It began with alcohol, a crash and a funeral; it ended with a hug, forgiveness and a gift.

Sharon Howard lost her husband of 52 years to a drunken driver. Jeris Oberle lost his freedom and peace of mind.

In the end, the usual collection of lawyers couldn't do what these people did for themselves: Forgive and make amends.

On April 11, after drinking with friends, Jeris Oberle crashed into Robert Howard's flower-delivery truck. Howard was pronounced dead at the hospital. Oberle would be pronounced guilty of driving under the influence of alcohol.

As the legal case unfolded, Howard's children and grandchildren were outraged. They wrote letters to the judge asking for a maximum sentence and expressing their contempt for Oberle and his actions. Some of the letters were read in court. They were angry and bitter, and no one could begrudge such feelings.

But then there was Sharon.

Only minutes after learning that her husband was dead, Sharon made inquiries at the hospital: How was the young man? Two or three days later she called the hospital asking to talk to Jeris so she could see how he was doing. Unable to do that, she spoke instead to Jeris' father, Chris, and expressed her concern for his son.

Months later, Sharon received a letter from Chris, asking if his family could meet with her. Lawyers from both sides said no way. So did family members. Sharon agreed to the meeting anyway. "I just had this feeling I needed to talk to the family," says Sharon.

If anyone should be bitter, it was Sharon. She and Robert had endured hard times to reach their golden years. Married as teenagers, they lived in a house constructed of railroad ties and cardboard that they shared with wasps and mice. They slept under 17 blankets to stay warm, and when it rained, they pushed up on the roof where it sagged to roll off the water.

Bob worked at a grocery store for 65 cents an hour. Eventually, they were able to move into a trailer and later into a real house. He made a career of installing fire sprinklers. They produced seven children and lost one along the way. In retirement, Bob, 72, took part-time jobs cleaning movie theaters and delivering flowers.

Five years ago Bob was diagnosed with cancer. The day before he died, they celebrated the five-year anniversary of being cancer free. They were going to start having fun. The next day he and Sharon were going to go camping, and he would get to try out the four-wheeler he had just bought.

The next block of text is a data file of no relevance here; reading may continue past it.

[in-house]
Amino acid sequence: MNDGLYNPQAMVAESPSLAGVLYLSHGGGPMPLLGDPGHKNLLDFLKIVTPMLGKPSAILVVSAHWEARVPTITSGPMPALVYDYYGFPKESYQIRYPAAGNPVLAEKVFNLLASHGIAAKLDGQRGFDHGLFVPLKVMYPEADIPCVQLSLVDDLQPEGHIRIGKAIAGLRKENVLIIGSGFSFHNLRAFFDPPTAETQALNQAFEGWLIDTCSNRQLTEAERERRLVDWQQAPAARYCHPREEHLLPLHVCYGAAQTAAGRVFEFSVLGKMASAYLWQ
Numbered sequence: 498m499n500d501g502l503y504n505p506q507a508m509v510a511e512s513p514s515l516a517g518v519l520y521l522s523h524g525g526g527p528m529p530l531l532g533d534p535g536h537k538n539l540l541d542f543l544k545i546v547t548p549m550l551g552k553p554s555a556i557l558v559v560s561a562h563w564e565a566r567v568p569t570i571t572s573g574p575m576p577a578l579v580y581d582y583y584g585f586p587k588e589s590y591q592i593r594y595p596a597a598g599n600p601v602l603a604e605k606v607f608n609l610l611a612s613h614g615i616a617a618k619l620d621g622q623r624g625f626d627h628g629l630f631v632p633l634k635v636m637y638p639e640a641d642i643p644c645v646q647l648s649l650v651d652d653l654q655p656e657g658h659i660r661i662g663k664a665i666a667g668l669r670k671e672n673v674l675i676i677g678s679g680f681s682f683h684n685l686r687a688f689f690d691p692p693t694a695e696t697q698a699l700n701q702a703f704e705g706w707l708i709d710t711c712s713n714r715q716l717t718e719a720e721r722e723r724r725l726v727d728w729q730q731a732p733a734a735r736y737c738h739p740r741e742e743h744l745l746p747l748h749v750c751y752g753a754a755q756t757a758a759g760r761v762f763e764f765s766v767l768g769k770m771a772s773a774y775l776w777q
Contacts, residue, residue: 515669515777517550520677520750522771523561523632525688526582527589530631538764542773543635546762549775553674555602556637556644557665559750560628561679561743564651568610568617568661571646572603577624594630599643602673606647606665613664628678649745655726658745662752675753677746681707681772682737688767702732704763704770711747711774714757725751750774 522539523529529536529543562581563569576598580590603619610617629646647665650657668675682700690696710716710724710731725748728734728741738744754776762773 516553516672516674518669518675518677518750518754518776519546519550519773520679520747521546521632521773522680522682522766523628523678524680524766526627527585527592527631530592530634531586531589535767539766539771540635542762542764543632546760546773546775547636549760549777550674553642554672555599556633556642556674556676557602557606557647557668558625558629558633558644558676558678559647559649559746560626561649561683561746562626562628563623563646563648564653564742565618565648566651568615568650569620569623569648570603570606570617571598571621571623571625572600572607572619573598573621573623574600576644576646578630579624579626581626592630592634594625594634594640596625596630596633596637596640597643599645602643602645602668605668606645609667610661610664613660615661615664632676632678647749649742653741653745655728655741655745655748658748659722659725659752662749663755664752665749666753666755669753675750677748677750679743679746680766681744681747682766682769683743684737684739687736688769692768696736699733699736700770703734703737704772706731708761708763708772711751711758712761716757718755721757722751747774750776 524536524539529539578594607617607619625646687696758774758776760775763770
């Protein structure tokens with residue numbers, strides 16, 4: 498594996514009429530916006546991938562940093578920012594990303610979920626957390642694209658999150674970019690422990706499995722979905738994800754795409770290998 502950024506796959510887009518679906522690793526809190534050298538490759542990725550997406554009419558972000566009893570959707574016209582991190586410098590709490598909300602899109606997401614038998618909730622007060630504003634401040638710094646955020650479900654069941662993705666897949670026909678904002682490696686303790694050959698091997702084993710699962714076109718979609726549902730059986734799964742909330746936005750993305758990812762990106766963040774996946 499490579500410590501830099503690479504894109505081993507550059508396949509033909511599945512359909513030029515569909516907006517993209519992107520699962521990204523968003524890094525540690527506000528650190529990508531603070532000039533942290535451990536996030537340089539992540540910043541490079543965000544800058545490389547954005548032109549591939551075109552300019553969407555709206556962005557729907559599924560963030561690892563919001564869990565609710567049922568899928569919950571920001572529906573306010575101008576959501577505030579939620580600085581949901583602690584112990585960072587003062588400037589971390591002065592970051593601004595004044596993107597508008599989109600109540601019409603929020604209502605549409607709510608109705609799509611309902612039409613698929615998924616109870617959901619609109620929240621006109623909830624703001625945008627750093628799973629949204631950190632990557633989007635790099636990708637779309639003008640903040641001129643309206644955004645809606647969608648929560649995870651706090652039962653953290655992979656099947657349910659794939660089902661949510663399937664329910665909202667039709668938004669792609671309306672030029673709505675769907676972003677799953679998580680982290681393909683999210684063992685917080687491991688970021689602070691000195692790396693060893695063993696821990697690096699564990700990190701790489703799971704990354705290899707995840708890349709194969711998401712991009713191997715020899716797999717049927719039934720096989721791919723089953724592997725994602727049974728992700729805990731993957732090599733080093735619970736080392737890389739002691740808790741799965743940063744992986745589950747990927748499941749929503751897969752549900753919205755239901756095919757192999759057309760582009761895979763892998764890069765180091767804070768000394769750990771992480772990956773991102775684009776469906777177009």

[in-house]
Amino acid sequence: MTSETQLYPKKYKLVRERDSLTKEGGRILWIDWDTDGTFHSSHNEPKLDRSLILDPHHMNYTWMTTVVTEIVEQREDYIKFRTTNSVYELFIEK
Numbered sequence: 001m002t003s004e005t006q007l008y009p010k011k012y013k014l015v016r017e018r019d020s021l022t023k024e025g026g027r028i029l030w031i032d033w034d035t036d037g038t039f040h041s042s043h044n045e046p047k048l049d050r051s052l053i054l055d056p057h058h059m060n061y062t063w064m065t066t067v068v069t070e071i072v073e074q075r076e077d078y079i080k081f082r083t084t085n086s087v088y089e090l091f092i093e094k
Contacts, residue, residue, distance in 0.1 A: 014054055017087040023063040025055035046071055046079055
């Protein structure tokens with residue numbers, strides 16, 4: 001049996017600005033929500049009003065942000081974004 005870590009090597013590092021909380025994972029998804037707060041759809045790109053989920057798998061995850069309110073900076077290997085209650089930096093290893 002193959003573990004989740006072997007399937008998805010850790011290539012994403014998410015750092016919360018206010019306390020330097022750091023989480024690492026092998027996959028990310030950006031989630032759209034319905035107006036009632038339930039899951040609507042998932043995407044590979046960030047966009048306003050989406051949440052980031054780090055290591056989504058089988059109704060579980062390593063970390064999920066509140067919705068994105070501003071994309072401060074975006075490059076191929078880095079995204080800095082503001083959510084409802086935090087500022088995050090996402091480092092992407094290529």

"Pinch me; I can't believe I finally got my own four-wheeler," he told Sharon.

And then he was dead.

From the start, Sharon felt no bitterness toward Jeris. "Bob's life ended far too soon, but this boy has his whole life ahead of him to live," says Sharon.

So the Oberles came to her home ?— Jeris and his mother and father. Jeris wrung his hands as he sat in her living room.

"He just poured out his heart to me," says Sharon, choking back tears. "He's the All-America boy, clean-cut, with a good upbringing, no prior criminal record. He has a wonderful, wonderful family. He just made a very bad decision."

He expressed his sorrow to Sharon. He said he was ready for anything the judge might throw at him. He hadn't had a drink since the accident. He wants to dedicate his life to God and to warning others about drinking and driving. He asked Sharon if she could forgive him.

"I never had any bitterness in my heart, and I still don't," Sharon says. "I told him he made a bad decision and that it will be with him all his life and that all I'd ask is that he learn from it."

As he got up to leave, Jeris had one request: "Could I give you a hug?"

They embraced in Sharon's living room. "He wouldn't let go of me," says Sharon. "It was such a tender moment. My heart cried out for him."

Jeris was sentenced to five years in prison. His parents have created a trust fund for Robert and Sharon's 18 grandchildren. As for Sharon, she did what Mindy Carter-Shaw did when her son, Bridger, was blown up by fireworks and what Chris Williams did when a drunken teen killed four members of his family in a car: She forgave.

Forgiveness — maybe it will catch on.

Doug Robinson's column runs on Tuesdays. Please send e-mail to